3.12.2014

Beach water sampling on the decline. What about the sand?

Last month, I looked at a study that identified the potential for using qPCR as a technique to identify pathogens in bathing water, and stated that it would be a lot faster than culturing samples, but there were potential cost implications. Since more and more of the water sampling is being put onto local governments (rather than the regional health authorities), the costs of undertaking new practices are not going to be undertaken lightly.

Now there's evidence that simply sampling the bathing water and enumerating pathogens (by whatever means) isn't necessarily sufficient or best for identifying potential public health concerns with recreational water. A group of experts at the "Microareias 2012" workshop in Portugal convened to discuss the potential for public health concerns within bathing beaches, and how to best monitor and remedy these concerns. Given that the vast history of public health protection around beaches has focused on injury prevention and bathing water quality, moving into a realm where public health practitioners are looking at the sand itself as a potential source of pathogens is truly groundbreaking.

The paper states a lack of legislation in the EU and USA for minimum indicator organism levels in sand, and Canada is no different. The "Guidelines for Canadian Recreational Water Quality" section on sampling location simply talks about water samples. Given that some of the aspects that can affect water quality negatively originate on the beach itself (e.g. feces from waterfowl), it makes sense that some consideration should be given to pathogens in the sand.

The expert group recommended that beach sand monitoring should be implemented alongside existing bathing water monitoring, and that consistent protocols for sampling and pathogen identification be developed to ensure adequate comparisons of public health risk between locations. This is similar to the need for protocols when changing from a culture-based sampling of beach water to a qPCR (or similar molecular) sampling regime. The group also recommended that more research be done in the potential effects of "contaminated" beach sand on public health.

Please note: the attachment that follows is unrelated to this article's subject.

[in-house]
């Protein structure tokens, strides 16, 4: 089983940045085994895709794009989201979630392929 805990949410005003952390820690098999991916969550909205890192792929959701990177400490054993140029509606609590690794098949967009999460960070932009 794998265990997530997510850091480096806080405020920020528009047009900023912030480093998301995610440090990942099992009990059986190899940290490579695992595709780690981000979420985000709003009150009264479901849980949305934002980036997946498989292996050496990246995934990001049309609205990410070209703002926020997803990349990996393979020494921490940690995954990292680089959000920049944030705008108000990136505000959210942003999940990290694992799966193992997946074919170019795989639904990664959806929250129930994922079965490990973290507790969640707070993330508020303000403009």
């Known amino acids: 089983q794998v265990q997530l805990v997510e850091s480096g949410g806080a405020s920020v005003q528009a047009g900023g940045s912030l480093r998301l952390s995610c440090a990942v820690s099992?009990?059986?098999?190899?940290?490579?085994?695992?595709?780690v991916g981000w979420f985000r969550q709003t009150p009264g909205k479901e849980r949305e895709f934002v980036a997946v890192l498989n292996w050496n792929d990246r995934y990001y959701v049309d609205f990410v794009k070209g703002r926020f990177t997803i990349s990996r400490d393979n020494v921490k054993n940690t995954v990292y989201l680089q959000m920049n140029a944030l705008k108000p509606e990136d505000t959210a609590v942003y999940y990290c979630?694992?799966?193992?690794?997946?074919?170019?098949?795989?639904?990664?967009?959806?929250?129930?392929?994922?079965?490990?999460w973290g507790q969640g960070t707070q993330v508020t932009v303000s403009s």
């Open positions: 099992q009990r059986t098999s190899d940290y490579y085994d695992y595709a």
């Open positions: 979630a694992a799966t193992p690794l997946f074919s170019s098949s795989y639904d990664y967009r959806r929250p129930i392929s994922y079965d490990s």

The concerns I wrote about when discussing qPCR hold equally true when discussing new ways of identifying public health risks. When local governments are doing their own recreational water sampling, they likely won't have public health practitioners on-staff to make recommendations on new and unique methods of identifying risks to public health. Given the lack of research, it's also unlikely that the Federal government will make any changes to their guidelines to represent the potential risk sand may pose. The province of B.C. does not have any of its own legislation around beach water quality, but simply works from the above-mentioned Federal guidelines, so it's even more unlikely that a local or provincial initiative would start the science moving in this direction.

This study highlights one of the fundamental difficulties with public health protection: while the science marches forward at a rapid rate, the legislation and enforcement is slow to catch up. The use of culture-based sampling for E. coli and enterococcus is such a timeless method for identifying bacterial risks to public health in bathing water that convincing stakeholders (federal/provincial legislators, regional health authorities, local governments) to undertake something new and unproven is near impossible.

Source: Sabino, R., Rodrigues, R., Costa, I., Carneiro, C., Cunha, M., Duarte, A., ... Brandão, J. (2014, 12). Routine screening of harmful microorganisms in beach sands: Implications to public health. Science of The Total Environment, 472, 1062-1069.
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